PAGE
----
However, there are at least two issues with those prohibitions. First, while it is doubtful and rare, it is possible to test positive for THC (tetrahydrocannabinol, which is the compound found in marijuana that is associated with “getting high”) if you use Full Spectrum CBD. Second, many states have now legalized marijuana. Indeed, marijuana is now legal for recreational use in 11 states and Washington, D.C. It is also legal for medical reasons in another 33 states and Washington, D.C.
As such, these sports rules are outdated. To their credit, some sports have begun to adjust their rules accordingly. For example, major league baseball recently amended its rules to allow for the use of CBD. The World Anti-Doping Agency did the same. Meanwhile, the NBA has temporarily stopped testing players for marijuana while their players are in “the bubble” during this COVID season, although whether or not that will remain once the season can resume in full force remains to be seen.
This may have real world implications as well. For example, there have been instances where police officers have had their jobs threatened after positive drug tests that they attributed to CBD use. If sports rules can be changed to allow for CBD use, perhaps other rules can be adjusted as well.
Athletes Endorsing CBD
Many athletes have endorsed CBD products. For example, Terrell Davis, the former NFL player, went as far as saying that he felt he would have been able to play longer had he been legally able to use CBD as part of his injury recovery.
Of course, Davis isn’t the only athlete or former athlete who has publicly backed CBD for its potential wellness benefits. Mike Tyson, the former boxing legend, believes CBD can help fight opiate addiction in addition to aiding in pain relief for sports-related injuries. Olympic athlete Lolo Jones also uses CBD for pain relief. She also uses it to help with her insomnia that stems from jetlag, saying she is able to “take CBD oil and go right to bed.” Kerri Walsh Jennings, another Olympic athlete, praises CBD for the same sleep benefits.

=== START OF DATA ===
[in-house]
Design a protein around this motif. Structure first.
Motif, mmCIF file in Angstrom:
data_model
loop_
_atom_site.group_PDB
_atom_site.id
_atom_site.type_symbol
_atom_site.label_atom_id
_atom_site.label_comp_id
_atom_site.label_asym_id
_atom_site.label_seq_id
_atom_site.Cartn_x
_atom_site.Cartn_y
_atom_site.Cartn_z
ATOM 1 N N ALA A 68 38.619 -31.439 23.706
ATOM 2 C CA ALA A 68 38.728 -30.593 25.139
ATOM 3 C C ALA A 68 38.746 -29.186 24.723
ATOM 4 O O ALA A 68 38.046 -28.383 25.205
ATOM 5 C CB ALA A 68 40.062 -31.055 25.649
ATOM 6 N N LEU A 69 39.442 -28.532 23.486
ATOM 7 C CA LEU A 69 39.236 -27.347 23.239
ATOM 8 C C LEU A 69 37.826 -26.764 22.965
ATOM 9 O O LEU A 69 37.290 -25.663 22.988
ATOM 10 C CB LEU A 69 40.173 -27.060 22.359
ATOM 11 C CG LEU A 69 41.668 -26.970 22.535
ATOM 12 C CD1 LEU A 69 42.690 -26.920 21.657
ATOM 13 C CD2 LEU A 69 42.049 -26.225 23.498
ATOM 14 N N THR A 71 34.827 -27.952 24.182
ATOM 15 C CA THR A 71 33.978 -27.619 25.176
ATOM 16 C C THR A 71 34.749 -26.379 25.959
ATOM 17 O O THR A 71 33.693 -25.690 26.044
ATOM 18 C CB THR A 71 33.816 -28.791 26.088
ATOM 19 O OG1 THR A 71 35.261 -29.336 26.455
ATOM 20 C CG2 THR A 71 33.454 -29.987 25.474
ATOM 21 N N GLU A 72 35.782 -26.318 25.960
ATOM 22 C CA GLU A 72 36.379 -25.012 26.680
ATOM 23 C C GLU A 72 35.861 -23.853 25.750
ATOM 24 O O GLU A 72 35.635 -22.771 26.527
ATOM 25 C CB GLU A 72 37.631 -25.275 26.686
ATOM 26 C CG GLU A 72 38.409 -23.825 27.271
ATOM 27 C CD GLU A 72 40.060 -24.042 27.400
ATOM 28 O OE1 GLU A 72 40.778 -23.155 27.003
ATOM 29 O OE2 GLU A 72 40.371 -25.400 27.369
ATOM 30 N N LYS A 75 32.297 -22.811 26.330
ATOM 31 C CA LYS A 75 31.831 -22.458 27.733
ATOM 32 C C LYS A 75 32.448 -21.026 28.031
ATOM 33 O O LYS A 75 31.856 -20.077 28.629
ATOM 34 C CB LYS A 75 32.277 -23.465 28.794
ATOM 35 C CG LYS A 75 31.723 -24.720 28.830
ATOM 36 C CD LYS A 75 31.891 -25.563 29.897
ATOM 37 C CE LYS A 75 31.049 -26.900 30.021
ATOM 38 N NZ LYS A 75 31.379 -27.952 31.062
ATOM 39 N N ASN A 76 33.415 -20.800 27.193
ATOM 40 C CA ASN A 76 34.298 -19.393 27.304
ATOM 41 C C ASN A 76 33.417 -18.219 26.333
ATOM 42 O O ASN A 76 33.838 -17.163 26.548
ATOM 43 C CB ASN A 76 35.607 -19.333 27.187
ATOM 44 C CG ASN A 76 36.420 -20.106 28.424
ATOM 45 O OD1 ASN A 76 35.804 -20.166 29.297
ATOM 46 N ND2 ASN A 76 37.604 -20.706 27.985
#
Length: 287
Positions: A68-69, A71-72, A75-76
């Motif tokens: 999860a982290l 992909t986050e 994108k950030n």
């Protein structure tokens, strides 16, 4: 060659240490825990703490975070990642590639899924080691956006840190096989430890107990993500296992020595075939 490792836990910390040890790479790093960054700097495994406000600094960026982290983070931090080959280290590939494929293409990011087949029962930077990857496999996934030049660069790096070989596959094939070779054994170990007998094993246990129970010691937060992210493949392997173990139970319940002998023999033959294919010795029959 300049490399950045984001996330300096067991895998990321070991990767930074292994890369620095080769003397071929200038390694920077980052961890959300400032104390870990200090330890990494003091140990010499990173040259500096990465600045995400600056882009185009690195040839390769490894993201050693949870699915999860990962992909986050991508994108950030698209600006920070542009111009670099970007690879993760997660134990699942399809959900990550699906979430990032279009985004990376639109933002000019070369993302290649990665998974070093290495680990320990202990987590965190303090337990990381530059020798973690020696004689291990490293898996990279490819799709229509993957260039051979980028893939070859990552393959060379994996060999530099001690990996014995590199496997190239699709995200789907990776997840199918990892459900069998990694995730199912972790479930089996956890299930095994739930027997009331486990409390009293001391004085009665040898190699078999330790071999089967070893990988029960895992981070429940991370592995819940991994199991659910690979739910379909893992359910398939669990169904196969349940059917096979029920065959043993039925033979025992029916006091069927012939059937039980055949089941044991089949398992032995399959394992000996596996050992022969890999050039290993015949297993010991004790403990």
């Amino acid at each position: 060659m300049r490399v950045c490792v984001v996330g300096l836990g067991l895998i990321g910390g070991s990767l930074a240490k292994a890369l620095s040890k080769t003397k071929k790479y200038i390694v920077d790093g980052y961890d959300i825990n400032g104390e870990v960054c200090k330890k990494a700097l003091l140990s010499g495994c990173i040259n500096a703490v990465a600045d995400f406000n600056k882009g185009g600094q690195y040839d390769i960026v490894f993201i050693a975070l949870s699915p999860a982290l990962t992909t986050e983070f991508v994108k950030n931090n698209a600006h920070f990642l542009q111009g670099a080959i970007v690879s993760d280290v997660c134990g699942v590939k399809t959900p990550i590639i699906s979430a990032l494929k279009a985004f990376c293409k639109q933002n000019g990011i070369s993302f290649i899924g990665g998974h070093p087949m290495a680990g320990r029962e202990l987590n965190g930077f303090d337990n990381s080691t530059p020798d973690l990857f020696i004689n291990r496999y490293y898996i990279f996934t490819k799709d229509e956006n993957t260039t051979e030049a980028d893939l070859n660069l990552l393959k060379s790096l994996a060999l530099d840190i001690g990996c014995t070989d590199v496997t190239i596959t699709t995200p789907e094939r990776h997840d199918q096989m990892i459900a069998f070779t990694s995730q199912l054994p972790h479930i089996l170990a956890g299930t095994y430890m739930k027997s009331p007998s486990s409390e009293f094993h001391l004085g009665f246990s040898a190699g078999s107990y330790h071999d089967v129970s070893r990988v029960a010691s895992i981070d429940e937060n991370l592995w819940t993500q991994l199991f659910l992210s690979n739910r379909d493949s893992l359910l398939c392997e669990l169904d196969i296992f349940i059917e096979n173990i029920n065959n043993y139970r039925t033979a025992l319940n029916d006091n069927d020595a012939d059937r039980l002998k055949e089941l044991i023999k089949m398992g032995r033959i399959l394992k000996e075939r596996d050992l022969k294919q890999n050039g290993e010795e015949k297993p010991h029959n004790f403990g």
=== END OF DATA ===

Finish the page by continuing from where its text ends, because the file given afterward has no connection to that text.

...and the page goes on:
While many people may believe it’s just for the money, athletes are usually particularly sensitive about lending their name to anything physical which could have an impact on their bodies or those of others. Furthermore, these athletes are just a small group of those who have said they have found CBD to be useful to their recovery and training.
Next Steps for Athletes and You
If you are considering using CBD, make sure to check with your doctor before starting the compound, just like you would when using any other supplement. While research has shown CBD to be safe, there are some concerns about CBD and drug interactions, so it is always worth checking with a medical professional before starting.
Furthermore, you should determine the best way to take CBD so that it fits with your schedule and lifestyle. There are many different ways to take CBD, including:
- Edibles, which can be eaten. These often come in the form of sweet snacks, like gummies.
- Topicals, creams, or patches, which can be rubbed into a specific area of concern.
- Tinctures, which can be taken sublingually (under the tongue) or added to food and drink.
When it comes to dosage, start slow, and work your way up. Use the recommended dose on the bottle and slowly increase until you start to feel the desired effect.
Some users report side effects when it comes to CBD use. These side effects are usually relatively minor and include drowsiness or an upset stomach. They usually go away with time, but you should be aware that some people report these issues and be ready to address any of these side effects that may occur.
To be sure, more research is needed when it comes to CBD. However, as available evidence and the experience of many indicates, CBD seems to have the potential to do a great deal of good for you and for athletes.